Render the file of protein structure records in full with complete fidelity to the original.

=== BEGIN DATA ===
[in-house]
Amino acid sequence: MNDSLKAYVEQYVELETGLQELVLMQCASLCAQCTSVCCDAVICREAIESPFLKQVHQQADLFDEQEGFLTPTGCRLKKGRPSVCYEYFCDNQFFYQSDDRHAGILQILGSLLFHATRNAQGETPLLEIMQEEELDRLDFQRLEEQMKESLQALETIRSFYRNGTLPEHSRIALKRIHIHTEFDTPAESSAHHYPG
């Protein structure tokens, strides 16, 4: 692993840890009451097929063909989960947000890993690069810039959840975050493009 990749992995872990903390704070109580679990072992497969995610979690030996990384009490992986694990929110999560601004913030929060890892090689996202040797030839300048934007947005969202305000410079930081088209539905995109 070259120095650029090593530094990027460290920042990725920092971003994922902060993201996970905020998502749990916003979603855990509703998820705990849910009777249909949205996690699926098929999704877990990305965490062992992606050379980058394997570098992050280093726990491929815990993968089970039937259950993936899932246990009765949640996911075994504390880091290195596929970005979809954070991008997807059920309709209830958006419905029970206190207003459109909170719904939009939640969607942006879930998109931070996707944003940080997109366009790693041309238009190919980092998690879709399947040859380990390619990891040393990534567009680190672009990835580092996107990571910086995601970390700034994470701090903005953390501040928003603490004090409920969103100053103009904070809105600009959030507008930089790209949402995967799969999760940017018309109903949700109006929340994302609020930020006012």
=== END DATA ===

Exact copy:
[in-house]
Amino acid sequence: MNDSLKAYVEQYVELETGLQELVLMQCASLCAQCTSVCCDAVICREAIESPFLKQVHQQADLFDEQEGFLTPTGCRLKKGRPSVCYEYFCDNQFFYQSDDRHAGILQILGSLLFHATRNAQGETPLLEIMQEEELDRLDFQRLEEQMKESLQALETIRSFYRNGTLPEHSRIALKRIHIHTEFDTPAESSAHHYPG
């Protein structure tokens, strides 16, 4: 692993840890009451097929063909989960947000890993690069810039959840975050493009 990749992995872990903390704070109580679990072992497969995610979690030996990384009490992986694990929110999560601004913030929060890892090689996202040797030839300048934007947005969202305000410079930081088209539905995109 070259120095650029090593530094990027460290920042990725920092971003994922902060993201996970905020998502749990916003979603855990509703998820705990849910009777249909949205996690699926098929999704877990990305965490062992992606050379980058394997570098992050280093726990491929815990993968089970039937259950993936899932246990009765949640996911075994504390880091290195596929970005979809954070991008997807059920309709209830958006419905029970206190207003459109909170719904939009939640969607942006879930998109931070996707944003940080997109366009790693041309238009190919980092998690879709399947040859380990390619990891040393990534567009680190672009990835580092996107990571910086995601970390700034994470701090903005953390501040928003603490004090409920969103100053103009904070809105600009959030507008930089790209949402995967799969999760940017018309109903949700109006929340994302609020930020006012």